How do disc golf fans consume the sport, and who are their favorite commentators?
December 22, 2023 by Jesse Weisz in News with 0 comments
This article is part of a series that will be released throughout the offseason based on the 2023 Ultiworld Disc Golf / StatMando Fandom Survey. If you wish to learn more about the survey and the demographics of the survey respondents, please read this accompanying article.
The disc golf media landscape has completely changed over the past decade. Ten years ago, you would have been hard-pressed to find coverage of even the most important events in the sport. Now we can watch post-produced coverage from events worldwide on YouTube and high-quality live coverage of events in the US and Europe. This article will focus on the data we gathered on the media, as well as ancillary questions about how closely individuals follow the sport and opinions on central institutions.
If you are an on-air talent in disc golf, your work has certainly been criticized online. Are these just the loudest voices or is there a wider sentiment that some commentators are better than others? We attempted to answer that question using numbers instead of vitriol to get a pulse of how the disc golf community feels about the work of the people in the booth.
The chart below shows which commentators the Disc Golf Network (DGN) used in 2023 on their live broadcasts:
- As is standard in many sports, DGN assigns one commentator to handle “Play-by-Play” (PxP), essentially narrating what is happening at the event. They also assign one or two additional commentators to provide “Color Commentary.” The color commentator provides expert analysis, background information, and occasionally anecdotes or light humor. Like most sports, disc golf uses current or former professional athletes for color commentary.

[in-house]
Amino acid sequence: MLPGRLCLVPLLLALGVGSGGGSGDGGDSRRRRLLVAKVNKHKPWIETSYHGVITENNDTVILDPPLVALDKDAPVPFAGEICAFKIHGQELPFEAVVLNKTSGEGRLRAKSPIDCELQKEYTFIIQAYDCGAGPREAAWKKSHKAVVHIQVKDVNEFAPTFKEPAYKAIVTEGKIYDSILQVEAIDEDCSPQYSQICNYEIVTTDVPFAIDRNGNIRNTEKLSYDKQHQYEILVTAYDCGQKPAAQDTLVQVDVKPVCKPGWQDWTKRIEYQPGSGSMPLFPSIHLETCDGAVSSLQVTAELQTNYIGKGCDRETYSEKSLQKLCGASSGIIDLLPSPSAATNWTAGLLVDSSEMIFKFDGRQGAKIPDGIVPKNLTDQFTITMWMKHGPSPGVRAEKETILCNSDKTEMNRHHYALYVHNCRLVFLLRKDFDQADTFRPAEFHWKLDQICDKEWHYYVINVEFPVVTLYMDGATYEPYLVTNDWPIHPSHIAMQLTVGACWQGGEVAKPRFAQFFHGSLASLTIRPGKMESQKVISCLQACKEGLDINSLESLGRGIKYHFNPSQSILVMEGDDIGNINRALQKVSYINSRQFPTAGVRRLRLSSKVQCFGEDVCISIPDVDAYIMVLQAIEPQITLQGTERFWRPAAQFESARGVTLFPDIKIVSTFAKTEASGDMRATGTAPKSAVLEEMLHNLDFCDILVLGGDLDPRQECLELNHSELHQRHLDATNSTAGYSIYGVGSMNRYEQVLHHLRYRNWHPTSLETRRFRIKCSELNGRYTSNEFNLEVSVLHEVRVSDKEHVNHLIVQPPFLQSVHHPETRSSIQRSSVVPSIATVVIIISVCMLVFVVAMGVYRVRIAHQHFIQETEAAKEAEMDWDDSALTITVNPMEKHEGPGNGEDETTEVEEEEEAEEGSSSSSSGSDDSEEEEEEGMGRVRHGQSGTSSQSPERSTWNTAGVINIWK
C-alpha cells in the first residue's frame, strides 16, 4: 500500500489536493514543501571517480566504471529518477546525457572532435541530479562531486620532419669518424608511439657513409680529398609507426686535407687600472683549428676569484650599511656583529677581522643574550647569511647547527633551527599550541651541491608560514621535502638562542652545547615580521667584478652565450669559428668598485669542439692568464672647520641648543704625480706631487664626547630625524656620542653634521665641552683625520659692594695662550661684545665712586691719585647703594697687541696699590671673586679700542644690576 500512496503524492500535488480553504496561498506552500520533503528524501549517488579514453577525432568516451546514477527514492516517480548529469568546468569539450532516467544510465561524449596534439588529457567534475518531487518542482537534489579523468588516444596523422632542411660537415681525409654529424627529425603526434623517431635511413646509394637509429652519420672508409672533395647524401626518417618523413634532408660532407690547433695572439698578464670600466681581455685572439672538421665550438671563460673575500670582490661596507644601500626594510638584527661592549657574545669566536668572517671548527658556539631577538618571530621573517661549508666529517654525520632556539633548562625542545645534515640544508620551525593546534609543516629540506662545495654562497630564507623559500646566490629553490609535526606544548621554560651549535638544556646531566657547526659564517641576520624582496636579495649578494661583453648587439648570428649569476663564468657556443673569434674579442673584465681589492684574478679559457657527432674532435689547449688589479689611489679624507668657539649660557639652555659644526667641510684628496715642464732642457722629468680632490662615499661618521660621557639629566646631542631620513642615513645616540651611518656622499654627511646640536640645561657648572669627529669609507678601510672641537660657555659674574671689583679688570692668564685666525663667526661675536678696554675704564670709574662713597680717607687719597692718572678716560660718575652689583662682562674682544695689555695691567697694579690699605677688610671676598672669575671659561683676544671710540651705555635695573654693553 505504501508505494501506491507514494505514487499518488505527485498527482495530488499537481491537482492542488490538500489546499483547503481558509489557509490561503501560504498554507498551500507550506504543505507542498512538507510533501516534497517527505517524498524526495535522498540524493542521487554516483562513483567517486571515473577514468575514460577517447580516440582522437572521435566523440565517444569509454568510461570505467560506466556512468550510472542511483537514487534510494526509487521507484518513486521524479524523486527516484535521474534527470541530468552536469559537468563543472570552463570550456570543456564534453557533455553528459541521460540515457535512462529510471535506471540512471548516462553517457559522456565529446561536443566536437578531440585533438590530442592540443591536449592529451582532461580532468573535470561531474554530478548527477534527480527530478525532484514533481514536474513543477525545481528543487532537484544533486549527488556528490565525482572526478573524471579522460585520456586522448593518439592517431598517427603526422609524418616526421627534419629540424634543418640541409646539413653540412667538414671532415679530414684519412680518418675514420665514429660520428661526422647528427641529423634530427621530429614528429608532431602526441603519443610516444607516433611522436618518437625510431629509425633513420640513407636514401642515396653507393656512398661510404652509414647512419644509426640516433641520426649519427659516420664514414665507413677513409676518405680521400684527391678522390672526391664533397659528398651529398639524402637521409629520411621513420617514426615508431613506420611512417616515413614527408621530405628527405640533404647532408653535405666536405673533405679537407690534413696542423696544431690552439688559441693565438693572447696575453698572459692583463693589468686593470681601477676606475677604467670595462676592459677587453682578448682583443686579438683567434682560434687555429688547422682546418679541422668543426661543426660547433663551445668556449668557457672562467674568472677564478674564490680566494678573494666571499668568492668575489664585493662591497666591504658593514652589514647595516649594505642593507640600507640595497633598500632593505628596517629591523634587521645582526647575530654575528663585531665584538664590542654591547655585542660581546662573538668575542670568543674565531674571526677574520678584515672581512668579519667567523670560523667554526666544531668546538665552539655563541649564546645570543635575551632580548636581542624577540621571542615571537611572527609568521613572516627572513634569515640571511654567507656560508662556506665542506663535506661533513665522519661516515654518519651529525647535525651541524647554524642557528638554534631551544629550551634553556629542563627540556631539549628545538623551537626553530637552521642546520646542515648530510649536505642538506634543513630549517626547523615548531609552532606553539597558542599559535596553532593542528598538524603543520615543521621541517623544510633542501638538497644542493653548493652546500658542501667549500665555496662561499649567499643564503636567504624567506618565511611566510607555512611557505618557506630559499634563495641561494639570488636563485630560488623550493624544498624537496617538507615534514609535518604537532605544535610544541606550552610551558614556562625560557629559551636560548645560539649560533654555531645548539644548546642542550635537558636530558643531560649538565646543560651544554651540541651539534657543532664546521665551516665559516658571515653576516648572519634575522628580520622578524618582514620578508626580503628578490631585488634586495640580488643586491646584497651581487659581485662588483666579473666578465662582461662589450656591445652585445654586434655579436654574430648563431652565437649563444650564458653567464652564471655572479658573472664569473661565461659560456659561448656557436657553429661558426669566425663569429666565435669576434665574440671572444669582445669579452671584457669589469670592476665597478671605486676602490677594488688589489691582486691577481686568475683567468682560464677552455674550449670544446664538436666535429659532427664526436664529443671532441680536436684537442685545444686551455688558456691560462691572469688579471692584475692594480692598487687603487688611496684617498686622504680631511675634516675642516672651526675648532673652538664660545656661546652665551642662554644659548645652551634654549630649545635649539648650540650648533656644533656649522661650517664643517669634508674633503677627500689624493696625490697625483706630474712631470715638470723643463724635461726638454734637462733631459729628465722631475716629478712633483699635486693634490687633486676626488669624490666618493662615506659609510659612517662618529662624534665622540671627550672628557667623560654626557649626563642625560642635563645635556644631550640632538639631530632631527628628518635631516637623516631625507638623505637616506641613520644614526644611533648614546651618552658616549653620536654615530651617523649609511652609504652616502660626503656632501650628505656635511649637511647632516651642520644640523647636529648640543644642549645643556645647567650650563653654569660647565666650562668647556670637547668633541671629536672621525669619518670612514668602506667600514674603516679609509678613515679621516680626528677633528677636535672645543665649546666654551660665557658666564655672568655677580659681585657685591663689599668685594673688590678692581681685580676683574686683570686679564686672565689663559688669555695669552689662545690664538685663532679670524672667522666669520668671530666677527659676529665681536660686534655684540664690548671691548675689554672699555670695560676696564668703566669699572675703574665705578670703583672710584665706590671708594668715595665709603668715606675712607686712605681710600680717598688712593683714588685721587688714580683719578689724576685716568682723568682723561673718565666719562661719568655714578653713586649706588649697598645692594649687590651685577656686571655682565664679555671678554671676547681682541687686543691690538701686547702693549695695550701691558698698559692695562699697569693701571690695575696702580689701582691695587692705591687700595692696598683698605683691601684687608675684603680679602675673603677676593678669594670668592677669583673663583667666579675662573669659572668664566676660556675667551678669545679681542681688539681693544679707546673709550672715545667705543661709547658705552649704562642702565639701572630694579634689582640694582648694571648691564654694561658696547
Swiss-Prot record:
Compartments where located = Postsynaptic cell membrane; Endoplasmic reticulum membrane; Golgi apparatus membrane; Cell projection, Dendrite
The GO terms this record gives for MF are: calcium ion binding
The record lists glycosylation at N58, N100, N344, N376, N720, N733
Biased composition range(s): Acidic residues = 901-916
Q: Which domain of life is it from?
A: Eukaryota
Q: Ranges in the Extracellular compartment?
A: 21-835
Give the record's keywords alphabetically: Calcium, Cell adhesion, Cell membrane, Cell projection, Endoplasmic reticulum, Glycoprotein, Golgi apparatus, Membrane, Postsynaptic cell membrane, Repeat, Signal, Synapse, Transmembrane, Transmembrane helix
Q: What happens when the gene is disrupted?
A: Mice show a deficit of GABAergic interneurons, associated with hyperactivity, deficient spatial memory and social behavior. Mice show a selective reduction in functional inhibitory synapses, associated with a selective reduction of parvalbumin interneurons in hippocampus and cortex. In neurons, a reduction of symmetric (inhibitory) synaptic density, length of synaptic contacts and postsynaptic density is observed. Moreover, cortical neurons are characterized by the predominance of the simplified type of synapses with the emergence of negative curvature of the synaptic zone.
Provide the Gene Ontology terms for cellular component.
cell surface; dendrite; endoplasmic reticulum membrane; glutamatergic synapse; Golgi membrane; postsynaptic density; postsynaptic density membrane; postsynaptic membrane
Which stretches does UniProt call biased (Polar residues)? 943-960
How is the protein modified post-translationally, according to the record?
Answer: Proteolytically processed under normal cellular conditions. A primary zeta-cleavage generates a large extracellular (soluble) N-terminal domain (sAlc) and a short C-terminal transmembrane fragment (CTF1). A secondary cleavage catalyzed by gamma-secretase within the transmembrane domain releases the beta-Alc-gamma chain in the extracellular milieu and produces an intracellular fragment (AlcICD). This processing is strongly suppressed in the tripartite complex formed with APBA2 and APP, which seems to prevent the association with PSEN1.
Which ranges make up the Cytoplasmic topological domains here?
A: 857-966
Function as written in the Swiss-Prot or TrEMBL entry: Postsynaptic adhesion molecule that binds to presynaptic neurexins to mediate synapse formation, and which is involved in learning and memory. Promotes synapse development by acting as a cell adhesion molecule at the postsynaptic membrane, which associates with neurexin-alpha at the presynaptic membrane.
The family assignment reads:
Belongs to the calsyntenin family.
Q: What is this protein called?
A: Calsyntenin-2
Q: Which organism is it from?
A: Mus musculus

- Terry Miller and Ian Anderson were the main PxP commentators for DGN this year, with 18 appearances each. DGN typically assigns a commentator to cover both the MPO and FPO rounds at an event. Ultiworld owner and editor Charlie Eisenhood did PxP for fewer events overall but handled all the FPO Majors (including quasi-Major Throw Pink) other than the US Women’s Championship. PDGA’s Brand Manager, Grant Zellner, was assigned to a few Silver Events as well.
- Brian Earhart was DGN’s Swiss army knife, versatile enough to be assigned PxP at some events and Color at others. His work in the booth was primarily at Silver Events. He also worked as an on-course reporter, ran press conferences, and often co-hosted Tournament Central, DGN’s pre-event show.
- Zoe AnDyke had the most appearances as color commentator for the FPO division (16). Valerie Jenkins and Juliana Korver also provided color commentary for FPO.